Intuition and Ideality
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This book shows how idealism is a consequence of the intuitionist method. Idealism develops from mental content inspected by mind, or as mind characterizing itself. Weissman declares that the idea of an independent world, of a nature whose character and existence are independent of mind, cannot be recovered until we repudiate the intuitionist method. This psycho-centric ontology has been pervasive in Western philosophy since Parmenides and Plato. Intuition and Ideality characterizes its varieties, dialectical cycles, and idealist consequences.
What is required is a method that is speculative and testable—a method that makes speculation responsible by testability. Weissman characterizes such a hypothetical method, and he describes some of the categorical features that are discovered in the world as this alternative method is used.
David Weissman is Professor of Philosophy at the City College of New York.
"This work is a brilliant interpretation of Western philosophy. It is original to the core. I was struck again and again by the extraordinary comprehensiveness of the work, matched by an equally extraordinary grasp of detail. The author has totally revised my way of reading philosophers as diverse as Whitehead and Quine. The work is philosophy at its best." — Andrew J. Reck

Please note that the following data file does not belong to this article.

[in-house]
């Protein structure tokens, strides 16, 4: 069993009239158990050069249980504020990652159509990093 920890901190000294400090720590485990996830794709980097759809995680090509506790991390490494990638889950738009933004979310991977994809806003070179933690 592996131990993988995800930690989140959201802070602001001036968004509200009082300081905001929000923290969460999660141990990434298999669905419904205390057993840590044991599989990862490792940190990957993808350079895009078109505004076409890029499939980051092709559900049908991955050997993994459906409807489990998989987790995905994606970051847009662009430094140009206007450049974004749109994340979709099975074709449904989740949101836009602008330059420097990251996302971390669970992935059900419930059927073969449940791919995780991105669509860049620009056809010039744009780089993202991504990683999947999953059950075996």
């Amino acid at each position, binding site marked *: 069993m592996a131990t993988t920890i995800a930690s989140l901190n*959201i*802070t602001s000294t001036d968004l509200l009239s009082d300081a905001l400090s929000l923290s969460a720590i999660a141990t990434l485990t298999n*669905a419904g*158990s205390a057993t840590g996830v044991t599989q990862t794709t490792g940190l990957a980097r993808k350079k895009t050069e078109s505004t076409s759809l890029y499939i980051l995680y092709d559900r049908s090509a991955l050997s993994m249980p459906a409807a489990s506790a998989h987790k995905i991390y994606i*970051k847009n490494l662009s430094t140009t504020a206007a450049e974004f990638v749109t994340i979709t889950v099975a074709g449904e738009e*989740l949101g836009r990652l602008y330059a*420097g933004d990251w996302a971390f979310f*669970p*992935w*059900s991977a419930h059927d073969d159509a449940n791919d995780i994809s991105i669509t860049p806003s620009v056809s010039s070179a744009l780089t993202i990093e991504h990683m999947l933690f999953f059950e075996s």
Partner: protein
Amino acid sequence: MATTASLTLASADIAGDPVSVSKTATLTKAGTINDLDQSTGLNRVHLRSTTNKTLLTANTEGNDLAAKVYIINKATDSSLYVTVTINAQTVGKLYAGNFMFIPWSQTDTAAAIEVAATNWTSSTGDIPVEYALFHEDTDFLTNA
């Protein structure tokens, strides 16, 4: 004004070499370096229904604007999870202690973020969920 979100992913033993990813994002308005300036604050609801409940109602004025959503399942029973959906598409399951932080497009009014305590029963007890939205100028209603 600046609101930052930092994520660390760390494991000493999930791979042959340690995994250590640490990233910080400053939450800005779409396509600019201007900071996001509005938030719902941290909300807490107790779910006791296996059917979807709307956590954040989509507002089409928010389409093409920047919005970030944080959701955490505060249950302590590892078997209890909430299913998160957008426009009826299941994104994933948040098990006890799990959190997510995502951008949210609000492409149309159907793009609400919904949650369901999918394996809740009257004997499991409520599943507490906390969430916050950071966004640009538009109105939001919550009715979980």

"In my judgment, Weissman's work is as close to 'brilliance' as that by any contemporary philosopher whom I have read. His book is clear, crisp, profound. Weissman is 'easy reading,' something few authors accomplish in the difficult terrain of metaphysics and epistemology. The book is an in-depth defense of a realistic theory of knowledge. His thesis rings true against the backdrop of common sense, classical philosophy, and contemporary science. He has a solid grasp of the history of Western philosophy and he displays that learning on nearly every page. He uses historical figures to create a dialogue from which he produces his own insights." — Jude P. Dougherty